“I can’t believe he didn’t see it!” I reply.    

   “I know! How’re we gonna” get it up here without him noticing though?”   

   “Wherever there’s a will, there’s a way.” I wink at her and then say, “Follow my lead.”    

   We walk out “our” room and down the stairs, holding hands. In the kitchen, as we expected, is Karen, Jack, Honey and John, but, as I look round the room again, I see no Steve.     

   “Where is he?” I whisper.    

   “Gone to the toilet, quick, take the bag up!” Jack whispers back to me. Without any debate, I do as I’m told. I grab the bag from the hall, and start making my way towards the stairs, when the downstairs loo door opens, and Steve merges out, flicking the water off his hands.    

   I begin to run.    

   “Oi! What’re you doing?”     

   I stop dead on the stairs, not because I want to confront him, but because his voice scares me so much that the words ricochet through my bones and my nerves freeze up, making it impossible for my limbs to keep carrying me.     

   “What’s that in your hand son?” He asks. He doesn’t sound angry, just incredibly curious, and this calms me slightly. Maybe he’ll be okay with it, like he was when me and Megan started going out, and when he found out Megan was pregnant.     

   “Just… a bin liner full of a few clothes.” I say. My imagination runs out of me, and as soon as I realize what I’ve said, I wish I could grab them from the air and shove them back down my throat, into my voice box where it can stay, and never come out again, until the words form a different sentence.     

   “Why? Why do you have clothes?”     

   John walks out of the kitchen into the hall with Honey following closely behind, and Megan peers round the door.    

   “John said…” I begin, “Honey insisted that I… My parent-”    

   “Dad. Dylan is moving in.” Megan blurts out, and I feel my face flush with scarlet.  

   Steve takes a few steps back and then says, “What?” His voice is quiet, and it doesn’t feel like he’s about to burst out in rage, but it also doesn’t sound promising.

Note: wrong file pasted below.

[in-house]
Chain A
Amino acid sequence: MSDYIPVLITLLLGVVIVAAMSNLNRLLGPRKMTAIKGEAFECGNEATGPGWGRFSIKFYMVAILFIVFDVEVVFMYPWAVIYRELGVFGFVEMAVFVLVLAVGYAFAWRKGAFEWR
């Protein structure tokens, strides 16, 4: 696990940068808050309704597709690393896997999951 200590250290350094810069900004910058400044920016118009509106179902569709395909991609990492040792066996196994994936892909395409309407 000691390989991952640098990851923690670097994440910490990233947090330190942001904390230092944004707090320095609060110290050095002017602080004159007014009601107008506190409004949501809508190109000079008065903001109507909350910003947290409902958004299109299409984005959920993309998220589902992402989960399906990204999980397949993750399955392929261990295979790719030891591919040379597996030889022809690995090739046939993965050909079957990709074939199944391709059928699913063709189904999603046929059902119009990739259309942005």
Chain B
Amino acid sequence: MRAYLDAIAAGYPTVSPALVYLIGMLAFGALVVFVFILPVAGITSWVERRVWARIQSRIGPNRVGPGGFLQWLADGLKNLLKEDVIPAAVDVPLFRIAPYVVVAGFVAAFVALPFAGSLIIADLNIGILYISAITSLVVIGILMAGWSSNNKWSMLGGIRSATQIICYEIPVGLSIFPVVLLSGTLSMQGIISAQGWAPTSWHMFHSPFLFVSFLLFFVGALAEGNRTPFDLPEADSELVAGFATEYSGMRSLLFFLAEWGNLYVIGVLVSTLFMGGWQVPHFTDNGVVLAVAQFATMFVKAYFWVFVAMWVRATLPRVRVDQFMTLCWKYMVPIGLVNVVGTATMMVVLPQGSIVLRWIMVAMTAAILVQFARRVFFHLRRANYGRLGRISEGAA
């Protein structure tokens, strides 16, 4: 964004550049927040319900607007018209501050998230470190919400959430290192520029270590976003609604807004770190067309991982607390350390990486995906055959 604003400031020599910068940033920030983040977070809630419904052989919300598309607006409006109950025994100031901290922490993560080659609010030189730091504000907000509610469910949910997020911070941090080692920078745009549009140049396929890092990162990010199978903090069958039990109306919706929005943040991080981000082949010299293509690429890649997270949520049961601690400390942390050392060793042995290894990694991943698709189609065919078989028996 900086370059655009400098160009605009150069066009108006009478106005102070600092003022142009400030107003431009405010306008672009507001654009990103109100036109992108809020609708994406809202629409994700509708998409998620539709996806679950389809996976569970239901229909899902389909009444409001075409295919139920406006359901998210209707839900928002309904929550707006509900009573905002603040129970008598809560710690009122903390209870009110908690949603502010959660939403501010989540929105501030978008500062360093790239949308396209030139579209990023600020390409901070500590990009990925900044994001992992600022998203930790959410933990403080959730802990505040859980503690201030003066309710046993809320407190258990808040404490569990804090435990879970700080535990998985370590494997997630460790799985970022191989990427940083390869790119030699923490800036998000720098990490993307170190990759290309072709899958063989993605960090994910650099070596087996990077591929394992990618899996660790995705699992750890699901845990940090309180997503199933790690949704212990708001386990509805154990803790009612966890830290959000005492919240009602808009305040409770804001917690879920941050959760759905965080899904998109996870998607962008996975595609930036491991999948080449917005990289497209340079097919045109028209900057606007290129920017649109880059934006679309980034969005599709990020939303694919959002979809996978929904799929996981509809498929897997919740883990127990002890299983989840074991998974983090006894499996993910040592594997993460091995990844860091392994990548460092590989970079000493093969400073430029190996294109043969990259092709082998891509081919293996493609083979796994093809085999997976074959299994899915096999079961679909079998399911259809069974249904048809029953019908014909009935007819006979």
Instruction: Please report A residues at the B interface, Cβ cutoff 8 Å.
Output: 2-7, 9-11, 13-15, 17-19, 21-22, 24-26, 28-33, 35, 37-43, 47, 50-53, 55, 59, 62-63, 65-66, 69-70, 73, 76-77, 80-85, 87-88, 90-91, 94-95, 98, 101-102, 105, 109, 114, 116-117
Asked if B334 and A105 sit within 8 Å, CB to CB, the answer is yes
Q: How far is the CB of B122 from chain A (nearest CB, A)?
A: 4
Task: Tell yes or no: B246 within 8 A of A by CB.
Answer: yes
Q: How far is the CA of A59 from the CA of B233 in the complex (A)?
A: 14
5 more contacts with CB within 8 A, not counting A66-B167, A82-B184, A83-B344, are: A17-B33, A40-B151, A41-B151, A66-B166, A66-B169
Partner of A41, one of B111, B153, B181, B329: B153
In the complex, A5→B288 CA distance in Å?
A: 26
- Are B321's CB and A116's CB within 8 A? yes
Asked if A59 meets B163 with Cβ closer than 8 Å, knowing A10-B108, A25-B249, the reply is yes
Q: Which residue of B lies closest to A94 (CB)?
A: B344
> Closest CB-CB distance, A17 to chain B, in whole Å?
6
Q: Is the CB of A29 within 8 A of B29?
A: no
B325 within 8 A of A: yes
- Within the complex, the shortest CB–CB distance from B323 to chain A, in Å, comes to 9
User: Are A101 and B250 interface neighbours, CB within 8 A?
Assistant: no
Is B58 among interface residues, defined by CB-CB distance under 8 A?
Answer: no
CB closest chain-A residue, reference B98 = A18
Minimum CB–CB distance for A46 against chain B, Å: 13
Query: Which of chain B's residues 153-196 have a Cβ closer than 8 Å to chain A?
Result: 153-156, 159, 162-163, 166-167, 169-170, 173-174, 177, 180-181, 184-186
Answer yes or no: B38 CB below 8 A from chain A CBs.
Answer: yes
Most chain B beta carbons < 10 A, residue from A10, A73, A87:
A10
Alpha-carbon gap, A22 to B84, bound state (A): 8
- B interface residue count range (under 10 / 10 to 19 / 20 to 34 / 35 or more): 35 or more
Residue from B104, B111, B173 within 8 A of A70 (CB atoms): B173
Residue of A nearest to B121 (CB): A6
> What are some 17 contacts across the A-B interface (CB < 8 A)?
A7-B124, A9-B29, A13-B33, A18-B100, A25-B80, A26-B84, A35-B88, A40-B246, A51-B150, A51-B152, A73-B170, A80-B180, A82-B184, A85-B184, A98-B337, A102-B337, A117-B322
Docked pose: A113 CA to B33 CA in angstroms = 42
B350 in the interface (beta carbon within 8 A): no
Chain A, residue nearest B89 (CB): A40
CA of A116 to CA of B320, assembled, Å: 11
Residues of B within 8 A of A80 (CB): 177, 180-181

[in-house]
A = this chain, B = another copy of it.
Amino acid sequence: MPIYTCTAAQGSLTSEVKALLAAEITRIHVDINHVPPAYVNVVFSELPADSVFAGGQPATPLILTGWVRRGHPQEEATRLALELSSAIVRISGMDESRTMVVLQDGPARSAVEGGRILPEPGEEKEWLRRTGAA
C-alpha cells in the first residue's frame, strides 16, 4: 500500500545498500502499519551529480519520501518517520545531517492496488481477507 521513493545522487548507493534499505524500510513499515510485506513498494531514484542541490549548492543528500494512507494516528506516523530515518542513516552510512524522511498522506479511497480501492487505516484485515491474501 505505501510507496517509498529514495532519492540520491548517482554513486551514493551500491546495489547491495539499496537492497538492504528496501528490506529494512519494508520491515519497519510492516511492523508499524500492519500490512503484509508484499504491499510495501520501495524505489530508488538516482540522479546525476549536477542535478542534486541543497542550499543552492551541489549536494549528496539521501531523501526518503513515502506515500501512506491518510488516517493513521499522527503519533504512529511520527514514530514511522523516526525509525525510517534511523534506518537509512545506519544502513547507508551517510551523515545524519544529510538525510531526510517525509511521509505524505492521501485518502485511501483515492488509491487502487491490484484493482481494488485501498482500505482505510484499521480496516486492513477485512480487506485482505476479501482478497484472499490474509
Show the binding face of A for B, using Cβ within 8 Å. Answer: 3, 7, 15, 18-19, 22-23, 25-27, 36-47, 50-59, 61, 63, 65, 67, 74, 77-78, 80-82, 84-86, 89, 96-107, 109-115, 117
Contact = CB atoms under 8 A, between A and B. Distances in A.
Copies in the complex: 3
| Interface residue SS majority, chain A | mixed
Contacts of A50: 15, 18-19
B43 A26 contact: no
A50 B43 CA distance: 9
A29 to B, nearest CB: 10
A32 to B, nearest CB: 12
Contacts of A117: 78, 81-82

“When we told his parents that I was pregnant, things kicked off and he doesn’t want to have to go back round there.”     

   “So he thinks he can just saunter in here and live with us?”    

   “Steve! Who owns this house?” Comes Johns voice, booming, and the for the first time, I see him loose his rag.    

   “You do John, but who does most of the work to keep the business running?” He shouts back.    

   “You, because I pay you, and you don’t give me anything back in return!”     

   “I gave you a grandchild!”    

   “Thanks pal! You also killed my first child!”    

   “Now don’t go blaming Lucy’s death on me!” Steve yells.    

   “You moved in here with my daughter, and Honey and I treated you like our own! How dare you say Dylan can’t stay here?”     

   “I dare! Dylan got my baby girl pregnant! Flaming pregnant?!”    

   “Like you did mine then?”    

   “Times were different back then!”    

   “They were exactly the same!”    

   “How were they?”    

   “Now you have older eyes, when all you saw back then was free shelter and a beautiful girl you could sleep with at your free will.”     

   “That is not true! I loved her, I do love her!”    

   “And Dylan loves Megan just as much as you loved Lucy! Get your head round it old man!”    

   “My head round what?!”    

   “The fact that you’re getting old and the only thing you have left doesn’t depend on her father anymore.” John shouts. Then, after that, everyone stands in silence, shell shocked.     

   Steve looks at me, his eyes really do look old, and the black shadows under his eyes suggest he hasn’t had a good night sleep for years. He looks disappointed and sad. Then he looks at Megan.    

   “Dad-“She begins as he makes his way up stairs. The room falls silent again. After a few more seconds, the air is filled with awkward shuffles and coughs. I look at Megan, she looks at me, and we know something has to be done. I hug her from behind, and then tap her in the direction of the stairs.     

   “Go on.”   

   She goes.     

   We all make our way into the kitchen again, Karen puts the kettle on, and Jack shuts down his computer. Nobody sits down, they stand round the outside of the kitchen, and nobody dare talk. I feel out of place and in the way.     

   My ears strain to listen to what’s going on upstairs, but they don’t for long. Steve runs down the stairs, a huge suitcase trailing behind him, and then Megan.     

   “But Dad, come on!” She begs.    

   “You have my number; I’ll let you know where I am when I’m there.” Then he’s halfway out the door.    

   “Dad-“Megan shouts one last time.     

   The door shuts and silence visits once again. Megan plods down the last few steps and walks into the kitchen with her face like thunder. Then the rain comes.